Phil Wilkinson column: 'It's time for me to go - thanks for the memories'
Please, take a seat. We need to talk...
After more than 20 years with this newspaper, I’m moving on.
This is my final day here. This is my final column.
I’ve had an incredible time. I’ve been fortunate to meet and interview many sports stars – from Bisping to Beckham, Wiggins to Wigan greats – and report from victorious dressing rooms at Wembley and Old Trafford and more.
Trips to Sydney and Barcelona were obvious highlights, but I’ve also great memories of other less-exotic spots dotted along the M62 and beyond; in press boxes, you sit with people who are your competitors and yet there is a camaraderie, too, which I’ll miss.
I’ve met many wonderful people and made many friends, for which I’m grateful.
To thank everyone by name would be impossible; to colleagues, editors, press officers, thank you.
To the players, managers and coaches, thank you, too.
And thanks to those who have read our stories, and those who have got in touch over the years.
I remember one email in particular, a woman enquiring about possible work experience for her son. She wrote: “I’ve told him he needs to start at the bottom, and that’s why I’m writing to you...”
No offence taken!
Of course, no offence was intended – she, rightly, was advising her son to work his way up from a local newspaper.
But here’s the thing; working on sport in Wigan, it’s not felt like a normal local paper. I’ve been on courses with counterparts from titles at much bigger towns yet they have non-league and amateur rugby union on their back pages.
Here, while our grassroots scene is thriving, we’re also blessed with two great clubs and a list of athletes and coaches who make their mark.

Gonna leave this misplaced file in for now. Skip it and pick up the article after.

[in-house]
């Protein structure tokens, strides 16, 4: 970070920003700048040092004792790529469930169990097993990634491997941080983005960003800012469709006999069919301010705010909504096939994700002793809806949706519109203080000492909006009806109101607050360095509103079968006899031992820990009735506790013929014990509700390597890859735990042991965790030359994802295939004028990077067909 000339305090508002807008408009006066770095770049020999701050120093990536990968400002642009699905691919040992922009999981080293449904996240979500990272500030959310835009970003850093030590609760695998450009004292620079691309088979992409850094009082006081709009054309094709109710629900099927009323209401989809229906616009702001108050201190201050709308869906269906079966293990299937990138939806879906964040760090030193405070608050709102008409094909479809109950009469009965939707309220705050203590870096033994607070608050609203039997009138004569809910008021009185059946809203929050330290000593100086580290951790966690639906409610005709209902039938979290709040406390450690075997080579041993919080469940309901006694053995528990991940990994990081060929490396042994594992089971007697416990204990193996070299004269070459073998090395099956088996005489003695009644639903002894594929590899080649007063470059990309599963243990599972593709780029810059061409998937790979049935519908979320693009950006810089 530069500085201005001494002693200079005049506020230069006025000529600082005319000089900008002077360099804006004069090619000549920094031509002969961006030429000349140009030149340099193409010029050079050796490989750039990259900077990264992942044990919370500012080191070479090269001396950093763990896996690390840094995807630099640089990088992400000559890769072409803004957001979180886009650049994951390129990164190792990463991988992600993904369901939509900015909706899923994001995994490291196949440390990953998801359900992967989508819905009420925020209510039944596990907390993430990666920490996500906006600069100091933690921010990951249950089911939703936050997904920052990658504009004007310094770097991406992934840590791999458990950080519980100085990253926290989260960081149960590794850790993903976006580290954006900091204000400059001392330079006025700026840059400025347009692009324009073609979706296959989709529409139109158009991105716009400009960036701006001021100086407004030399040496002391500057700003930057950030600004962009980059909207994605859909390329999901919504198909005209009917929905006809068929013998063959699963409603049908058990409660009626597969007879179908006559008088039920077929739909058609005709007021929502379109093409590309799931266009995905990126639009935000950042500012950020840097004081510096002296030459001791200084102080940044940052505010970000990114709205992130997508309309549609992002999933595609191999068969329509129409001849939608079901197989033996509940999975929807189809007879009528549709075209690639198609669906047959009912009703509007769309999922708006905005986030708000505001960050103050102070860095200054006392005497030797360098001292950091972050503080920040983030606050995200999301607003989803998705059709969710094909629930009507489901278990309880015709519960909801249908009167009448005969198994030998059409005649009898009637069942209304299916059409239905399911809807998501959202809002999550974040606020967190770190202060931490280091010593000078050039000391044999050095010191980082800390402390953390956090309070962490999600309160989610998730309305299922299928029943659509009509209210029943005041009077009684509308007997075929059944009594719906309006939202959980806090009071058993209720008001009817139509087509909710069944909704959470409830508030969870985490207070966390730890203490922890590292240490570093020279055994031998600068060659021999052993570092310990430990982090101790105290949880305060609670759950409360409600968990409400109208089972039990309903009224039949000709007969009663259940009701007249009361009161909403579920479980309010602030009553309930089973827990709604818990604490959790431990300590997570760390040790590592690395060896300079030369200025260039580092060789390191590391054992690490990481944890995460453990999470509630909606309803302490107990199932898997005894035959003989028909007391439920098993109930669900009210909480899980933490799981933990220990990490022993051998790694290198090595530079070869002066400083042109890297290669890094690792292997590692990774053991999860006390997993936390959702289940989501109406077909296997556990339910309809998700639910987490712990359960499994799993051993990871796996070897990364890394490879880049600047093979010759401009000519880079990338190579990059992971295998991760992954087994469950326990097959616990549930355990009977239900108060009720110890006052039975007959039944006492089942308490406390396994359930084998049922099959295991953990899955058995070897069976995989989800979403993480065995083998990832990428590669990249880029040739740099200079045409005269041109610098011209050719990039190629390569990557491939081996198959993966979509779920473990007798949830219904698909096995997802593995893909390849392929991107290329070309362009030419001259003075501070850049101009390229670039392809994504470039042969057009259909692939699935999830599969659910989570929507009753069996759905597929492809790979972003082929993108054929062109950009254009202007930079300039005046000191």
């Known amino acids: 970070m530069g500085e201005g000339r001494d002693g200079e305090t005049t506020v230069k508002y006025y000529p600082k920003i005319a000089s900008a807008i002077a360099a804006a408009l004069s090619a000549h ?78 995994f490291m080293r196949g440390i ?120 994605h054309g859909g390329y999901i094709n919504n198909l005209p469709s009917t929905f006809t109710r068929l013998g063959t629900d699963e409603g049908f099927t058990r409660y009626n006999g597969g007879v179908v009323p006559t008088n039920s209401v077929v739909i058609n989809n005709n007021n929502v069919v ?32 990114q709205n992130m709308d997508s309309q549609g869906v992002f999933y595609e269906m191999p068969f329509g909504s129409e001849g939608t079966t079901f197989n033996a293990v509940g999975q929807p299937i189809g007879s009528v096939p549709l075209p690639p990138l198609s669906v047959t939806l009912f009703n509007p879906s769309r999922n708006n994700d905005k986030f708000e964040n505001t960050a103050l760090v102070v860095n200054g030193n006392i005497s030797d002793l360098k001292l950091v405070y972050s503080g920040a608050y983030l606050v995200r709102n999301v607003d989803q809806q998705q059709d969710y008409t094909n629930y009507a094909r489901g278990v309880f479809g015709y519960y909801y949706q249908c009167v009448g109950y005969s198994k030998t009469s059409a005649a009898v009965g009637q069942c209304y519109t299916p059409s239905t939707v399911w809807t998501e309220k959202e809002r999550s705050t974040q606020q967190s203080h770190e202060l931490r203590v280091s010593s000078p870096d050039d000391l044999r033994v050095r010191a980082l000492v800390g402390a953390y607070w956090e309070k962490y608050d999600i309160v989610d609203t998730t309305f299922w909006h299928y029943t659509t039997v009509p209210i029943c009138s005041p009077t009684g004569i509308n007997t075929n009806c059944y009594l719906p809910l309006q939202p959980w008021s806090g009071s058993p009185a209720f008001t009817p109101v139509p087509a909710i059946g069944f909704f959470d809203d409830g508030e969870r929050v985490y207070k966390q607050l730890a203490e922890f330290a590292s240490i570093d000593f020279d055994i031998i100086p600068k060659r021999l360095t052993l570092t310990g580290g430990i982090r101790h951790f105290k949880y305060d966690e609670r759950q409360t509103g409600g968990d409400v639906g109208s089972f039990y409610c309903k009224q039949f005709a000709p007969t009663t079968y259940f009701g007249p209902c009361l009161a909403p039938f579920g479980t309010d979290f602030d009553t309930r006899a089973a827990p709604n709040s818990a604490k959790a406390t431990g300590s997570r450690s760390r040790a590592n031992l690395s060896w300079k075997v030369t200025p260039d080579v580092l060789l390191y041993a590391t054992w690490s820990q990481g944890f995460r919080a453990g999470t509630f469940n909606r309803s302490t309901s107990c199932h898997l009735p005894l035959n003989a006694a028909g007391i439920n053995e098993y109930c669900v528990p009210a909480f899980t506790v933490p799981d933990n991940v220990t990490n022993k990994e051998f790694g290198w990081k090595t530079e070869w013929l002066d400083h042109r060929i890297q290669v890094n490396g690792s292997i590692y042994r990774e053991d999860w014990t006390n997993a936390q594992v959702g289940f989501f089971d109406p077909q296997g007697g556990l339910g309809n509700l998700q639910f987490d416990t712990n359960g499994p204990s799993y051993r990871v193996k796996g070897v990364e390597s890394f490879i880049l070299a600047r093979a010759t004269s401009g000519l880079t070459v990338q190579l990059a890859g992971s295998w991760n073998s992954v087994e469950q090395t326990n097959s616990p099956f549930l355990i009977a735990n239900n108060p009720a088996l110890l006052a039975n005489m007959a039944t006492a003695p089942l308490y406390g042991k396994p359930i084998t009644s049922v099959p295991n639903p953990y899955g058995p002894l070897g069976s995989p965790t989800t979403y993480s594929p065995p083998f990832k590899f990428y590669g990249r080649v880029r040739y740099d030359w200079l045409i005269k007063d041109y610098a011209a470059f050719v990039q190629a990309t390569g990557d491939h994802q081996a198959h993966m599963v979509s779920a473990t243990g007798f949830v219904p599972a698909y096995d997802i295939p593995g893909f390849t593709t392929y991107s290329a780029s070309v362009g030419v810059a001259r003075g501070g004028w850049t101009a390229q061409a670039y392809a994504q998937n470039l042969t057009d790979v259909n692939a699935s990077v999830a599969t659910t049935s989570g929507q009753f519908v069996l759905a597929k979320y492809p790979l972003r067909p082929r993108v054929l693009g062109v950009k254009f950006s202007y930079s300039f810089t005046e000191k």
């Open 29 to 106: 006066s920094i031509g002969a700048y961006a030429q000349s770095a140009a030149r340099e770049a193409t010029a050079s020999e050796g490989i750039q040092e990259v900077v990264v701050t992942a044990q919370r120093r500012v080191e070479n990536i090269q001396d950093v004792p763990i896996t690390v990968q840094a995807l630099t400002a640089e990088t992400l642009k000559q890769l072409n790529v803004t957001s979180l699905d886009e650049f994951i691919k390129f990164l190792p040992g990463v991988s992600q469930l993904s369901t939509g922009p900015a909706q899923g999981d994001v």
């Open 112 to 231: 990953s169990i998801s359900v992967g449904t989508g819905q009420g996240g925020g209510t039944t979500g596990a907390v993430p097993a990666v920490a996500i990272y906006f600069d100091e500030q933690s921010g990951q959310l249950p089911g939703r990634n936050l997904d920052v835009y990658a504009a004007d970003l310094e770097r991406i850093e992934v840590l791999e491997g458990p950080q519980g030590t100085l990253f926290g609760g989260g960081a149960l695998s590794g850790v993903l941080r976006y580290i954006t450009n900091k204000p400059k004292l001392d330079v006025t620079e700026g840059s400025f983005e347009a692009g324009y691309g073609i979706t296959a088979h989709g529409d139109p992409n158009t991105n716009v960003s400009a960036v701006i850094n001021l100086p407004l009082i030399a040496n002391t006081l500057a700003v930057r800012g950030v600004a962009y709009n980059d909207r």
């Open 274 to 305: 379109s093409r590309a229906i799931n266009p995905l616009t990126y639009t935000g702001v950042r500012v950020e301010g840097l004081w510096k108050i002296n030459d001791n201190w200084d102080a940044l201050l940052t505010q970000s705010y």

I remember a time when Wasps RU had four coaches who were all ex-St John Fisher pupils. There are seven players in a netball team – for years, two in the England side were from Wigan.
Not long ago, we had the England RU team and the England RL team both captained by Wiganers. I could go on.
Athletics, UFC, you name it.
Our little crazy town punches well above its weight when it comes to sport. It’s what we do.
And never was that more evident than when Wigan Athletic won the FA Cup in 2013. I was there, a few years earlier, when Duke fired them into the top-flight. There, too, when Grigg stunned Man City.
Yet for all Latics’ achievements, none gave me more joy than seeing them get back on their feet after many miserable months in administration.
I’ve loved writing about all sports but the main part of my job has, obviously, been covering Wigan Warriors.
My first press conference was the arrival of Adrian Lam as a player in 2001. Fittingly, my last was his departure as coach.
In between, there have been 18 finals or World Club deciders, many more highlights, a few controversies, and a couple of teary goodbyes. I've also seen some wonderful players and I've named some of them here.
And during that time, the media landscape has changed radically.
But in an era when clicks are king, I’ve tried to stay loyal to the basic, journalistic principle of making sure a rumour was true before writing it.
Now, this is the part when I could use age as an excuse for my departure.
After all, Lam’s likely successor, Matty Peet, is younger than me; players Sam Halsall and Umyla Hanley are younger than my son.
But that wouldn’t be true, because there are plenty of older men and women doing fine jobs in similar roles, up and down the country.
I don’t know who will succeed me.
My colleague Paul Kendrick – an equally good friend and reporter, with equally questionable taste in music and food – will cover in the short term.
As for me, I’m excited to be moving on to a new challenge as journalism tutor at News Associates in Manchester.
I’ll have a part-time role with a national newspaper, too. I may even tackle another book at some stage, and I’ll be at the DW Stadium writing the occasional report as a freelance.
But, mainly, I’ll be there as a fan again.
It’s been a while since I’ve done that.
The Wigan club celebrates its 150-year anniversary in 2022; it’s been a privilege to document their history for 20 years of that run.